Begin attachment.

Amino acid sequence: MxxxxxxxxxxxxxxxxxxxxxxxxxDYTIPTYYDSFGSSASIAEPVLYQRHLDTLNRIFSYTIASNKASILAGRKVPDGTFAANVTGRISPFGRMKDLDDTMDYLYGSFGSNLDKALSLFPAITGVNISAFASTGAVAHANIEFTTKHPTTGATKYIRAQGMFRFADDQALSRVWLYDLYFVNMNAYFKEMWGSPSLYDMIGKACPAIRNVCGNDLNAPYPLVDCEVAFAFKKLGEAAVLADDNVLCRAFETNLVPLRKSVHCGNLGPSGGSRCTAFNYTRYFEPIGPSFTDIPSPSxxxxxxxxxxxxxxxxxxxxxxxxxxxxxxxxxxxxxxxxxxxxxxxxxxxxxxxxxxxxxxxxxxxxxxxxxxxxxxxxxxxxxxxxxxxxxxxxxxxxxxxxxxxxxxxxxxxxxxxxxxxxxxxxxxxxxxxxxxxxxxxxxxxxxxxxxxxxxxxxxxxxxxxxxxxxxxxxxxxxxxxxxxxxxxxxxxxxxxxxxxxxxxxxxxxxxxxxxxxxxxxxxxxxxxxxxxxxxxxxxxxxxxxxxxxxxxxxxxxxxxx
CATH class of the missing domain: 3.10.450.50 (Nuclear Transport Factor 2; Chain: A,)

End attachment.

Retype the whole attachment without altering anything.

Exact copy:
Amino acid sequence: MxxxxxxxxxxxxxxxxxxxxxxxxxDYTIPTYYDSFGSSASIAEPVLYQRHLDTLNRIFSYTIASNKASILAGRKVPDGTFAANVTGRISPFGRMKDLDDTMDYLYGSFGSNLDKALSLFPAITGVNISAFASTGAVAHANIEFTTKHPTTGATKYIRAQGMFRFADDQALSRVWLYDLYFVNMNAYFKEMWGSPSLYDMIGKACPAIRNVCGNDLNAPYPLVDCEVAFAFKKLGEAAVLADDNVLCRAFETNLVPLRKSVHCGNLGPSGGSRCTAFNYTRYFEPIGPSFTDIPSPSxxxxxxxxxxxxxxxxxxxxxxxxxxxxxxxxxxxxxxxxxxxxxxxxxxxxxxxxxxxxxxxxxxxxxxxxxxxxxxxxxxxxxxxxxxxxxxxxxxxxxxxxxxxxxxxxxxxxxxxxxxxxxxxxxxxxxxxxxxxxxxxxxxxxxxxxxxxxxxxxxxxxxxxxxxxxxxxxxxxxxxxxxxxxxxxxxxxxxxxxxxxxxxxxxxxxxxxxxxxxxxxxxxxxxxxxxxxxxxxxxxxxxxxxxxxxxxxxxxxxxxx
CATH class of the missing domain: 3.10.450.50 (Nuclear Transport Factor 2; Chain: A,)